Digest: Florida commuter lines shutting down because of approaching hurricane

News Wire Digest for Aug. 1: Report says investment firms are investigating bid for Kansas City Southern; two injured by chemical at Tempe derailment cleanup
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Saturday morning rail news in brief:

Tri-Rail, SunRail suspending operations because of hurricane

Both Florida commuter rail operations are being suspended because of approaching Hurricane Isaias. Miami-area commuter service Tri-Rail is suspending service as of today, Aug. 1, until further notice. The South Florida Regional Transportation Authority began securing crossing gates and making other preparations on Friday. Follow the Tri-Rail website for updates including information on resumption of service. Orlando-area commuter railroad SunRail will suspend service on Monday because of the approaching storm, and will begin its preparations today, including securing grade crossings, storing rolling stock, and securing equipment along the rail corridor. Watch the SunRail website for updates.

Report: Investment firms may make bid for Kansas City Southern
Two major private equity firms are exploring a combined takeover bid for Kansas City Southern, the Wall Street Journal reports in a paywalled article. Blackstoned Group and Global Infrastructure Partners are working together on the potential deal and speaking to banks about financing. A potential purchase could cost as much as $21 billion, the Journal reports; there is no guarantee the investors will make a formal offer or that the railroad would be receptive.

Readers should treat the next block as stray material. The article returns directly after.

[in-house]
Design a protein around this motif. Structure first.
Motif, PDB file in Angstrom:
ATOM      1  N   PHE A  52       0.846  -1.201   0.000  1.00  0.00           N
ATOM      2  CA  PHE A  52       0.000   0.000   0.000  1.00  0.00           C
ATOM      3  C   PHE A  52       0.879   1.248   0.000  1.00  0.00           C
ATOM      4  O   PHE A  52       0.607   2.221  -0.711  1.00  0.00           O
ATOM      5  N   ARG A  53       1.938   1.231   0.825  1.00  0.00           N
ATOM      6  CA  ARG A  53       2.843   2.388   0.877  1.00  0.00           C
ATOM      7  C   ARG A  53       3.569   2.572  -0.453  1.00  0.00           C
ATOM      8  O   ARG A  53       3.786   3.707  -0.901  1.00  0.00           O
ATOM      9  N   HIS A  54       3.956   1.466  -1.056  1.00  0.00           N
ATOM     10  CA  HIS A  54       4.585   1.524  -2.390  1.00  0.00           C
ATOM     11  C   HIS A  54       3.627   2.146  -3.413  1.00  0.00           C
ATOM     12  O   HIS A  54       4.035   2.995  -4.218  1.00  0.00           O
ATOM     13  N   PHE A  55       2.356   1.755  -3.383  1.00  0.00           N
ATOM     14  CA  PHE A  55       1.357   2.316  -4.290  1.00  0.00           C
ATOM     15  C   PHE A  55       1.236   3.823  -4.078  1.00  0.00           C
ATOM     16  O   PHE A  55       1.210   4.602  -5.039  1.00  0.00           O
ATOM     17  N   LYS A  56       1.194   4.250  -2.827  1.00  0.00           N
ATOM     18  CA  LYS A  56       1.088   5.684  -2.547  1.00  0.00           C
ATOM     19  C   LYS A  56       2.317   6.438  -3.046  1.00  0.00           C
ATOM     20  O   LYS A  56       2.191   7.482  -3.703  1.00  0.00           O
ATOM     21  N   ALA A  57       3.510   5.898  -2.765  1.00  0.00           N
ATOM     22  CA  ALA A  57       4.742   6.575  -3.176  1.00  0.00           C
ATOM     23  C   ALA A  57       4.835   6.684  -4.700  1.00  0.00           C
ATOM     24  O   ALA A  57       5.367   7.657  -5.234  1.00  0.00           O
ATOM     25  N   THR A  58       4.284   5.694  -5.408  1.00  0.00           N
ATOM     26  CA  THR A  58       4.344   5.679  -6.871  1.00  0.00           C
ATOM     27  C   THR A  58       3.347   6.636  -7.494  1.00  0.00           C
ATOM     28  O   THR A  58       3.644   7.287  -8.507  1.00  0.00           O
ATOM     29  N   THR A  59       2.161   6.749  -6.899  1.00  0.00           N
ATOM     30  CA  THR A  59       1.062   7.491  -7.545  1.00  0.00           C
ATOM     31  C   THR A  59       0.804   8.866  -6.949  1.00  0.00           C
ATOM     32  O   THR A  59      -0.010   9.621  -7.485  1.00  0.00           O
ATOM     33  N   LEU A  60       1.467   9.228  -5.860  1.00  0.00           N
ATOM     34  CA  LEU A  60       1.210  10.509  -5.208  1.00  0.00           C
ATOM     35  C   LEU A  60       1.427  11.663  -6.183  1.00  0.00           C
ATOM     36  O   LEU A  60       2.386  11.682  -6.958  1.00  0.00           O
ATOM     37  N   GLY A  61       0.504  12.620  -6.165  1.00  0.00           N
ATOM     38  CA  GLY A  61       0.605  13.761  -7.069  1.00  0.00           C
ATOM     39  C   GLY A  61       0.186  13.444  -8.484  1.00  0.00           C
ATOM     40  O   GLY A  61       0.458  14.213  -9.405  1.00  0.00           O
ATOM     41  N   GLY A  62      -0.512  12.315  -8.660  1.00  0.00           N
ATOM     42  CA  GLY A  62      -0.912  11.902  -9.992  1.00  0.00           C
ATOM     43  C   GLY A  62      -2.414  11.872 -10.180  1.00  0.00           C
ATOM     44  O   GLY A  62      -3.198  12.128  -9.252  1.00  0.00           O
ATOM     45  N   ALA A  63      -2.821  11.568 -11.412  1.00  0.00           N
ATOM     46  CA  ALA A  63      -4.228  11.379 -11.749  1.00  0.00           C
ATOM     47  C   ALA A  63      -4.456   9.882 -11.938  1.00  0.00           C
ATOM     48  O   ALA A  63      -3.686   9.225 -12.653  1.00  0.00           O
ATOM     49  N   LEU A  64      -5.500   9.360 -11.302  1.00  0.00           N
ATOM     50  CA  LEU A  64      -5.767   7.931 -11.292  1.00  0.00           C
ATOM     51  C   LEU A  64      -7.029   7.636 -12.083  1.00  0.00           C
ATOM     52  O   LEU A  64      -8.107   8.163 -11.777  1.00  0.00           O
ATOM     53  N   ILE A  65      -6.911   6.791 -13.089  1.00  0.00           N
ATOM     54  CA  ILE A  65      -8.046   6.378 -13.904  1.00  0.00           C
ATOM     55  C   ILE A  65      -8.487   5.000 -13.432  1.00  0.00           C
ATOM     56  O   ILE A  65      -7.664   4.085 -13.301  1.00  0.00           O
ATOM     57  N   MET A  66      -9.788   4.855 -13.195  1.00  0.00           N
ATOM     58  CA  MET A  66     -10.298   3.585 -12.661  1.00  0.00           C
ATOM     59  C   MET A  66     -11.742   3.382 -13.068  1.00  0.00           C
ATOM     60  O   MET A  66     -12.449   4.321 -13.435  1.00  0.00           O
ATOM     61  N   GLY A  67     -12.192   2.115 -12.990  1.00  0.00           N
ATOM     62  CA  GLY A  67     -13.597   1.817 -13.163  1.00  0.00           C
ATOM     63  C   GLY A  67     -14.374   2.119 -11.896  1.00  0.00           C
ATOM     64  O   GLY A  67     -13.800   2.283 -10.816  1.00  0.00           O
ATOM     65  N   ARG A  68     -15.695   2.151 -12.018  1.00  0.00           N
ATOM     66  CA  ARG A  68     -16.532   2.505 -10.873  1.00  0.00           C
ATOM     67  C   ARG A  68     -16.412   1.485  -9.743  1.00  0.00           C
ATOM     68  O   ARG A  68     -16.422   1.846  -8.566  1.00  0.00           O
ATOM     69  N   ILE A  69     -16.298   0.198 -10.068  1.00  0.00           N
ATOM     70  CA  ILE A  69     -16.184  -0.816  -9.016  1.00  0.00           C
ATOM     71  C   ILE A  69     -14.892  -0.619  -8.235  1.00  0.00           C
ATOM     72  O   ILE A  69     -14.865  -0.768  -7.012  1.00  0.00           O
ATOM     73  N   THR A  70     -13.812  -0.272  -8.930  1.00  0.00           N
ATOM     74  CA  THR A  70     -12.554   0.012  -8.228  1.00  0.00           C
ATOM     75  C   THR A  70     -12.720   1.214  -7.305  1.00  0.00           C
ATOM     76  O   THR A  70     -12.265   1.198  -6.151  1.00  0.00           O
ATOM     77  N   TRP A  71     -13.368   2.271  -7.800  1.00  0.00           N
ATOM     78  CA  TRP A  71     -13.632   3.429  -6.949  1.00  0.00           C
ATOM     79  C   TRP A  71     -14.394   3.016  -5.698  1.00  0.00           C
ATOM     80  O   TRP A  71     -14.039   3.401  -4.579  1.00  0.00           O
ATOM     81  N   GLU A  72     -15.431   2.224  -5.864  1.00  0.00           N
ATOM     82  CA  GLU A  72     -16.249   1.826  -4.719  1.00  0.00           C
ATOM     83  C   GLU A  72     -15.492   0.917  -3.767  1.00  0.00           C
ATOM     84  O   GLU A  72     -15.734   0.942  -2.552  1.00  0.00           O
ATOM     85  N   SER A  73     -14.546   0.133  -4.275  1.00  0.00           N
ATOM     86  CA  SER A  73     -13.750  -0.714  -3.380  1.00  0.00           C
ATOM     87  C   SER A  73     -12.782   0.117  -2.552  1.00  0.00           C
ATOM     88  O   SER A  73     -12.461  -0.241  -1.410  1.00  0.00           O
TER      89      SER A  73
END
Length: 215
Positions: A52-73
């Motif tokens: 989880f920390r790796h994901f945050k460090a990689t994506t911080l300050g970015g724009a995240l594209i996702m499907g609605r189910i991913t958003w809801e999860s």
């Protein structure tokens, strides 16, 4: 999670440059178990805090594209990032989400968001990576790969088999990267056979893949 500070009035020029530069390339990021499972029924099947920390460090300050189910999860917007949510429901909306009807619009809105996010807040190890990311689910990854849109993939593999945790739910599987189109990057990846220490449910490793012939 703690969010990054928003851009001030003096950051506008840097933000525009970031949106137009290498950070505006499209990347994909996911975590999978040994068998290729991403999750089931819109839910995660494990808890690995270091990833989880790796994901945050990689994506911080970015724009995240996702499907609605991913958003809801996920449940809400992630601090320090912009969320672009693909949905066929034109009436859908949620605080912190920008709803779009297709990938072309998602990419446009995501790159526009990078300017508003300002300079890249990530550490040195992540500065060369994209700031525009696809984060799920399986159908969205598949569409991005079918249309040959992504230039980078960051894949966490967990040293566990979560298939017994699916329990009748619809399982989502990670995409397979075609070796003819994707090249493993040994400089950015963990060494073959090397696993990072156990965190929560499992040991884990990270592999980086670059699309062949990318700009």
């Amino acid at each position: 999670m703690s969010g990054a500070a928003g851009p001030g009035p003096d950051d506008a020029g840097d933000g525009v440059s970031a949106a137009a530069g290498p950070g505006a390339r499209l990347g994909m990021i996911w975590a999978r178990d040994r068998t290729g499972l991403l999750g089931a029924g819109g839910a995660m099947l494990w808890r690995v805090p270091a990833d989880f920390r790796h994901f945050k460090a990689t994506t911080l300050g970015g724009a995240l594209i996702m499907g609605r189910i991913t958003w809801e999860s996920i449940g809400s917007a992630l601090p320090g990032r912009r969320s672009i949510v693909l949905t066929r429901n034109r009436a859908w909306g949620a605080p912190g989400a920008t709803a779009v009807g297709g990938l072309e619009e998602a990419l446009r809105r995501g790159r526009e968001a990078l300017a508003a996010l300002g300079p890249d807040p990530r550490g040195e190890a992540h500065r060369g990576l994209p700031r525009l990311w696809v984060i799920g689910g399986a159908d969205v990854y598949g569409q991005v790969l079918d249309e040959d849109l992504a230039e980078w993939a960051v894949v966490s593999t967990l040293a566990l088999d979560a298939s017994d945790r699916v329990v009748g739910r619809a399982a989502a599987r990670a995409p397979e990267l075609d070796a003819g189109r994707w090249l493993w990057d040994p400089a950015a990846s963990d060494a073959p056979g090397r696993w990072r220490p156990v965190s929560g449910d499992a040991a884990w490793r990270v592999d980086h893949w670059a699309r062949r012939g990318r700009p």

Worker hospitalized after chemical accident at Tempe derailment site
One worker was hospitalized and another declined transportation to the hospital after being sprayed with the chemical cyclohexanone while cleaning up Wednesday’s derailment and fire involving a Union Pacific train in Tempe, Ariz. The Arizona Republic reports the first worker, a 52-year-old man was hospitalized with serious but non-life-threatening injuries. Cyclohexanone, used as a solvent, is flammable and toxic. The newspaper also reports a half-dozen local, state, and federal agencies — including the National Transportation Safety Board and Federal Railroad Administration — are investigating the derailment, along with Union Pacific’s own investigation.

 

 

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